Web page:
Note please that that's not Moroccan-style; I don't think there's a north African tradition of stuffing peppers. This is one of those let's-try-to-do-something-interesting-with-what-I've-got-in-the-refrigerator type of recipes. What I happened to have is leftover charcoal grilled chicken and onions from a Colombian barbecue restaurant and a bottle of harissa, the Moroccan hot pepper and preserved lemon spice mix. You could grill real shish kabob I suppose but if you're going to do that just cut up the pepper, add it to the skewer and forget this silly recipe. If you're in need of appropriate leftovers I recommend Al Carbon at Coral Way and 23rd. There's a middle eastern market a few blocks east too where you might find some harissa. The particular bottle I've got actually came from a TJ Maxx in Wilmington, Delaware (Thanks Mom!). You can find some real oddities hidden in their food section.
For the most part, the recipe is as straightforward as any stuffed-anything recipe. Get all of the ingredients that need to be cooked cooked, chop everything up small, mix them in with a starch (in this case couscous) and pack it into the vegetable to be stuffed. Of the chopped items in this particular case, I kind of regret the olives. Black olives are a traditional match in Moroccan cuisine with hot peppers and preserved lemon, but I don't think I had the right sort.
The one interesting thing here is a trick I came across while looking up what to do with the harissa. In some recipes, instead of just dumping it into the dish, it's mixed into a beaten egg which is cooked into an omelet which keeps the sauce nicely sequestered. Modern molecular gastronomy does something similar using various chemicals to trap sauces in sheets or caviar-esque balls. Today I had the heat a little too high, screwed up the omelet, and ended up making goopy mess I was hoping to avoid after mixing it into the couscous but I've done it successfully in the past and it was pretty neat. If eggs didn't go with the dish you're making (as they do here), you could use just an egg white and control the sauce without adding any extraneous flavor. It's an idea to keep in reserve anyway.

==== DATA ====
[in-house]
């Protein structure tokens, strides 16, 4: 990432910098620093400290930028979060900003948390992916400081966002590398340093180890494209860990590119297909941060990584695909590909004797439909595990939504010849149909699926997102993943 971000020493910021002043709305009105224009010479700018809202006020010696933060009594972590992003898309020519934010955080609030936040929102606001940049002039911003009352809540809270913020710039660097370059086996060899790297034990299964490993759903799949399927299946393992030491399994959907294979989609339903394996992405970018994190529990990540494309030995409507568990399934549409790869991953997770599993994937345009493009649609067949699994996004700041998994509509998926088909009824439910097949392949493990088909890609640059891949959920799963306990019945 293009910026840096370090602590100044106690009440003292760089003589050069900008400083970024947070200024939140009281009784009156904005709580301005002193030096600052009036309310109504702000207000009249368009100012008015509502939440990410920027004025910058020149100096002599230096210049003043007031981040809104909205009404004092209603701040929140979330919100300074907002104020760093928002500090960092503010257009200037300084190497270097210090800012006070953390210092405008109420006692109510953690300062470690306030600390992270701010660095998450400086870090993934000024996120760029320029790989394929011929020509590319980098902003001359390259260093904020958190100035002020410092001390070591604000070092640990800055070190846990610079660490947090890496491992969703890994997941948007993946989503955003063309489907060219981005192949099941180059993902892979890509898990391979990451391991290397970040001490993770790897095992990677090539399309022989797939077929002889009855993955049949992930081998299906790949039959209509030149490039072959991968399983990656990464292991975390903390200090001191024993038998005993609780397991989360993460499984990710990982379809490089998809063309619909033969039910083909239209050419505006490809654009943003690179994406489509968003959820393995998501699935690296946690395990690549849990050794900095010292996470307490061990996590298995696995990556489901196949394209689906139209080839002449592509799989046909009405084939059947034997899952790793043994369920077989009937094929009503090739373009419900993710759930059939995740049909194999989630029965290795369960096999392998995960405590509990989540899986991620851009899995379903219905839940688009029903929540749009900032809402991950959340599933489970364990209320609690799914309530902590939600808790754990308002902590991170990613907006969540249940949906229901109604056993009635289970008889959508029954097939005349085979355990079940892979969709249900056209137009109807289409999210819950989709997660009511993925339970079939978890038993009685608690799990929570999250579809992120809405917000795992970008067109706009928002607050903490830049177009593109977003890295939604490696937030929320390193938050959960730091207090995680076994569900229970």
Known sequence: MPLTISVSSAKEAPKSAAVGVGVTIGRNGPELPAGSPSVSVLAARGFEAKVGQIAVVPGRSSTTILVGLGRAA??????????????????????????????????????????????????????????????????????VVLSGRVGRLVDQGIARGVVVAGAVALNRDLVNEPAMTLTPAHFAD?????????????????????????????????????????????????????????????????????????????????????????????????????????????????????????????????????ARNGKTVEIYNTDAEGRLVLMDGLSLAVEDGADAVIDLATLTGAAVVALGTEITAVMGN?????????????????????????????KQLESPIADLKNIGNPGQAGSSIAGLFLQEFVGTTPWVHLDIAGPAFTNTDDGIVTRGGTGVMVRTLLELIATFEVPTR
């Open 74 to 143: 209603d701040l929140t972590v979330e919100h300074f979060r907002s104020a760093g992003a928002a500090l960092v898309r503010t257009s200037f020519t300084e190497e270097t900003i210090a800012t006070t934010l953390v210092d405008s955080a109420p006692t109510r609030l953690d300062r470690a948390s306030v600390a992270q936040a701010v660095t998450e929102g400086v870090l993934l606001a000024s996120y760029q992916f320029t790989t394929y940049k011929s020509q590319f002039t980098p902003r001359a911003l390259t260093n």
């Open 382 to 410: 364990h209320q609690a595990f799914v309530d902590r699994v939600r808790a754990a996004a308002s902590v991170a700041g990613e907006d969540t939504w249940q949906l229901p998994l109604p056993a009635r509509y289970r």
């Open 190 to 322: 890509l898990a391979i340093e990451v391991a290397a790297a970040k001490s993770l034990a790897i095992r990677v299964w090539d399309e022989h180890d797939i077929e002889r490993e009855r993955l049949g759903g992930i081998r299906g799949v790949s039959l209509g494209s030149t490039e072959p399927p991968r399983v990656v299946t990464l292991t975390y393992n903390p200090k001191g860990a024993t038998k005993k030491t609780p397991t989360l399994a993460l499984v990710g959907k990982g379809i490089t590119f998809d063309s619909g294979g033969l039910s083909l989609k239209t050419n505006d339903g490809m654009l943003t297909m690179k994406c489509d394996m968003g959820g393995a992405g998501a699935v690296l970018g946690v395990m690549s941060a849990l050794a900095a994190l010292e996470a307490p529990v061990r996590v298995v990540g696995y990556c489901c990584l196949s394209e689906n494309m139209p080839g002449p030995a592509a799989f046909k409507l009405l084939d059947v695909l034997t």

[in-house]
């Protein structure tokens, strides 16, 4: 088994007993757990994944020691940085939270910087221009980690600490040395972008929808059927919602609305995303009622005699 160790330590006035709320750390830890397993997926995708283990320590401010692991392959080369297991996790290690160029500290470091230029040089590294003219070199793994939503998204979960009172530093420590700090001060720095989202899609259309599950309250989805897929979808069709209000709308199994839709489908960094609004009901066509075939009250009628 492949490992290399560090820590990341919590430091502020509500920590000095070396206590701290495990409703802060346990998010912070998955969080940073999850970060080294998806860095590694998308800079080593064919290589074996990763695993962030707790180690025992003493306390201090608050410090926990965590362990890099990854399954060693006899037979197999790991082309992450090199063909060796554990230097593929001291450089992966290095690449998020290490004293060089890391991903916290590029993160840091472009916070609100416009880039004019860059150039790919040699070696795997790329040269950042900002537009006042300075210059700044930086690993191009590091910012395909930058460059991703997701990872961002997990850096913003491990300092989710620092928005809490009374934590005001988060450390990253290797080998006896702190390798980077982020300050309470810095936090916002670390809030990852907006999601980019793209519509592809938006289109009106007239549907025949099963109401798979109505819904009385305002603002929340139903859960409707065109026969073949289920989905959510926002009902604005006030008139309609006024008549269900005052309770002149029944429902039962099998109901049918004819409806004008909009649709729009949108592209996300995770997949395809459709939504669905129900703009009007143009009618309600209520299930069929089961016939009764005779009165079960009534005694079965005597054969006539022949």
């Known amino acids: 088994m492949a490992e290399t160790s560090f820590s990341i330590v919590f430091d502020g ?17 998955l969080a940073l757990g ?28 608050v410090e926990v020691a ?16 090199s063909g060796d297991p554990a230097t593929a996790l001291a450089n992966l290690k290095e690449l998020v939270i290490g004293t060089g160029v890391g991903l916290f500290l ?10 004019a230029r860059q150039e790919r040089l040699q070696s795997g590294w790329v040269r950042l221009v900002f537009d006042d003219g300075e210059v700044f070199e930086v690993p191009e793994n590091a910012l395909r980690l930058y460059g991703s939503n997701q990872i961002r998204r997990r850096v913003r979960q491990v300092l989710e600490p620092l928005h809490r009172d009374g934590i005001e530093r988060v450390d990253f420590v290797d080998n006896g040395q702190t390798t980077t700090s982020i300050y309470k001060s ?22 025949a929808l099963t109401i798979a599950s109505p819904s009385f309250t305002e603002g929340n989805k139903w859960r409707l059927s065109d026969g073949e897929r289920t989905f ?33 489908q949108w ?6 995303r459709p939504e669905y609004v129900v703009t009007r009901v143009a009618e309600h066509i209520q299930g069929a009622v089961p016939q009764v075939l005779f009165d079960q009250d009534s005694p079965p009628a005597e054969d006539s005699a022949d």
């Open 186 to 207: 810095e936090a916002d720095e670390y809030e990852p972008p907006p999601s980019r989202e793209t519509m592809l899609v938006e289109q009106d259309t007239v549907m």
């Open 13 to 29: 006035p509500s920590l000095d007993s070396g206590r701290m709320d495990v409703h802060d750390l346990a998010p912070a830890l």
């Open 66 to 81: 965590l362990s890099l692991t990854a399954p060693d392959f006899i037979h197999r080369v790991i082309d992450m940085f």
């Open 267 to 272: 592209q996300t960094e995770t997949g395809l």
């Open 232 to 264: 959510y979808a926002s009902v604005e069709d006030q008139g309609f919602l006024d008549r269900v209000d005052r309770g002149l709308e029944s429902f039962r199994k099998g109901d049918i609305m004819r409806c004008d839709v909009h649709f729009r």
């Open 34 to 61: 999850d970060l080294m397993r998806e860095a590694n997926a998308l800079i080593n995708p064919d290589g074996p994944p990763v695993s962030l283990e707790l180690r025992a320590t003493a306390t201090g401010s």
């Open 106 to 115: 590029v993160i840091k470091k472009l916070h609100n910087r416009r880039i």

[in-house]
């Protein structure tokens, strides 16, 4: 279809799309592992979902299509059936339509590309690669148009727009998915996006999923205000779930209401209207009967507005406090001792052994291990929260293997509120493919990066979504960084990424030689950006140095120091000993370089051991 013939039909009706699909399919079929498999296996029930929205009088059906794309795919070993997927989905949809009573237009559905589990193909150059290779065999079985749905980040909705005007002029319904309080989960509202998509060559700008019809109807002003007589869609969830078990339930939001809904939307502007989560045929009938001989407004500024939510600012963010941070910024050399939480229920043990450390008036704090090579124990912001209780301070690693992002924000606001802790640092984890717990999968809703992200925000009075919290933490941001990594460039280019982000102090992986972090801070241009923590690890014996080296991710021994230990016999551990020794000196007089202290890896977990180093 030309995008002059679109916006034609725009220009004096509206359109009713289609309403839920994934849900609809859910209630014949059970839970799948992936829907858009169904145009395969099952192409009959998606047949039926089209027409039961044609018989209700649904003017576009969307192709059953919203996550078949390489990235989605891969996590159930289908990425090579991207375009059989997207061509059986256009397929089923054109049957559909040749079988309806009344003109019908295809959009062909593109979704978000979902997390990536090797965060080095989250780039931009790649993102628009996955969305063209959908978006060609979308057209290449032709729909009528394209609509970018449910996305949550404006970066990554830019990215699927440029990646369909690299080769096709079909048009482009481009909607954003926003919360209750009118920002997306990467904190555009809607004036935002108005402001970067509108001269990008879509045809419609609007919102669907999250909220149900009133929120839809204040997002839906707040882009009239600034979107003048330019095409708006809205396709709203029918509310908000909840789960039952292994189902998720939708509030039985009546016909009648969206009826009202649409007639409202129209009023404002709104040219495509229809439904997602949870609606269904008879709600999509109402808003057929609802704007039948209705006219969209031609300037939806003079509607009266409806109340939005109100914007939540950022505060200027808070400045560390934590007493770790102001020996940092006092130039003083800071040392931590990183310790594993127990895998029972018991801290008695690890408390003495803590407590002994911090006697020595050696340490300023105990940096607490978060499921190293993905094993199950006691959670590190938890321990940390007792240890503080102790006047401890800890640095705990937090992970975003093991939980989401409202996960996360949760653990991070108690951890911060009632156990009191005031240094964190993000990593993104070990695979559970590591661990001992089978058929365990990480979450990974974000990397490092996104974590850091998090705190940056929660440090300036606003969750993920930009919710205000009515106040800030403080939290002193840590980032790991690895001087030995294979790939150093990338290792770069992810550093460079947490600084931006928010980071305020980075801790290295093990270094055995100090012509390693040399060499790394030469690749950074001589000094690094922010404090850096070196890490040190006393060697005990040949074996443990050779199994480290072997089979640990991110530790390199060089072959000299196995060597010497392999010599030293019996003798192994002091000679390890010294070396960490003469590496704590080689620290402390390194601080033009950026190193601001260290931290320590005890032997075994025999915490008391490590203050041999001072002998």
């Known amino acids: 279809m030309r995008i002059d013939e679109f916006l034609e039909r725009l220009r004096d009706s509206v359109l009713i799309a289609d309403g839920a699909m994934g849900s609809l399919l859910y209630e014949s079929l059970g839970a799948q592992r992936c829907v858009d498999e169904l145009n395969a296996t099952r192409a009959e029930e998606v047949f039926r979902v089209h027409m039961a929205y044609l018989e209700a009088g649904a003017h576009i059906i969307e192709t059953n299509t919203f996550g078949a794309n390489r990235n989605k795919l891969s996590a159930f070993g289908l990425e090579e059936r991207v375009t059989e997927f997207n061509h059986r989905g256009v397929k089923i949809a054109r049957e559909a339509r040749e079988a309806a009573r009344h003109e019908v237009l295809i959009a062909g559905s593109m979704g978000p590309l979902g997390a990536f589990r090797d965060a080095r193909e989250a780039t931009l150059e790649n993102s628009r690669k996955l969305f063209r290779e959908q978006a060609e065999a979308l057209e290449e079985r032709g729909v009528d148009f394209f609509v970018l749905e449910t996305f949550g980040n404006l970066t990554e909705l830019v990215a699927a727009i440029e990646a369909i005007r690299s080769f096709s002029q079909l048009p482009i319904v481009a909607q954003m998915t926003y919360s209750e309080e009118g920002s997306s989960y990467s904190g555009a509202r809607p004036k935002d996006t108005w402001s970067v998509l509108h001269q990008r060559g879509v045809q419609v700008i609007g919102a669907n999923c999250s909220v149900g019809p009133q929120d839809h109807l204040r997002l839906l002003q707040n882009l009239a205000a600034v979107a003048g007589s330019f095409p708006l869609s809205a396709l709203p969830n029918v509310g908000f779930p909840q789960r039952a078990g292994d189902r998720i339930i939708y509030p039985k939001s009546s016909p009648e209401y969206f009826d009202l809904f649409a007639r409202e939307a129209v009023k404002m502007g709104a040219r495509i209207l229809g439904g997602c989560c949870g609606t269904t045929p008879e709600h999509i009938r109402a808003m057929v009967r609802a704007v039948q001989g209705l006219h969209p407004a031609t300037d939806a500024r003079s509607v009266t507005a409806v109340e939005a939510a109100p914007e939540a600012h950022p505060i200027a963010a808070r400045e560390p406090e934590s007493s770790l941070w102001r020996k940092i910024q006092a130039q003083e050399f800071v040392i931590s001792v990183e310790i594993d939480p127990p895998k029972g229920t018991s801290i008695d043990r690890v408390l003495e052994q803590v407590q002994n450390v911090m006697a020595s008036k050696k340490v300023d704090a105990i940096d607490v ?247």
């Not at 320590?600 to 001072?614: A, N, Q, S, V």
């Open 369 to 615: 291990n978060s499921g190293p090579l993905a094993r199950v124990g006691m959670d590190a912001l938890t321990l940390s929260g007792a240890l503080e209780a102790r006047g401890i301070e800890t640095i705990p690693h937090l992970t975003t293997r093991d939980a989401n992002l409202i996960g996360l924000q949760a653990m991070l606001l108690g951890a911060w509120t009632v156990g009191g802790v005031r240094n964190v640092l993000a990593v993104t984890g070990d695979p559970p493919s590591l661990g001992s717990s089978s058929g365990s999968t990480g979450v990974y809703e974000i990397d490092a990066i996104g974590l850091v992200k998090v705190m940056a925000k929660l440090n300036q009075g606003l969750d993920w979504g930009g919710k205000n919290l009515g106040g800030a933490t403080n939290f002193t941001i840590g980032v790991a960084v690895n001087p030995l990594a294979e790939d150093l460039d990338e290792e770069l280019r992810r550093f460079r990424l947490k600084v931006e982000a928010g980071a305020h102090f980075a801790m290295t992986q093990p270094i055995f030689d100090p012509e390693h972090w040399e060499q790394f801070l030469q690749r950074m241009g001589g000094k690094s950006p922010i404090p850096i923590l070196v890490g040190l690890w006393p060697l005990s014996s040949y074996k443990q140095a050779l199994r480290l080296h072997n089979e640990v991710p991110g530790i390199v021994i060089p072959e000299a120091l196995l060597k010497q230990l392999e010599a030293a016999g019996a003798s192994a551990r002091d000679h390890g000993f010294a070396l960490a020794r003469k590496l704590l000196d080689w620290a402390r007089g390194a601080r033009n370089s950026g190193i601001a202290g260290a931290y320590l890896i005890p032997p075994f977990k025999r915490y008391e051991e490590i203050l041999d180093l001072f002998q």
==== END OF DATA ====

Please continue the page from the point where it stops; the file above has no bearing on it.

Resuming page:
So, I mixed everything into the couscous, packed it into the pepper, sprayed it with olive oil, sprinkled on some salt, and baked it at 350 for 25 minutes. If I had a gas grill I might have charred the pepper for some extra flavor, but this is Miami so I'm more likely to have a charcoal barbecue handy.
The end result looks about the same as it did when it went into the oven but the pepper is nicely tender but not collapsing (one benefit of not dousing it in sauce and then over-cooking as many Italian stuffed pepper recipes call for). Other than the olives, I think everything worked well together. Still and all, I'll probably just chop the pepper up and char it in a pan next time.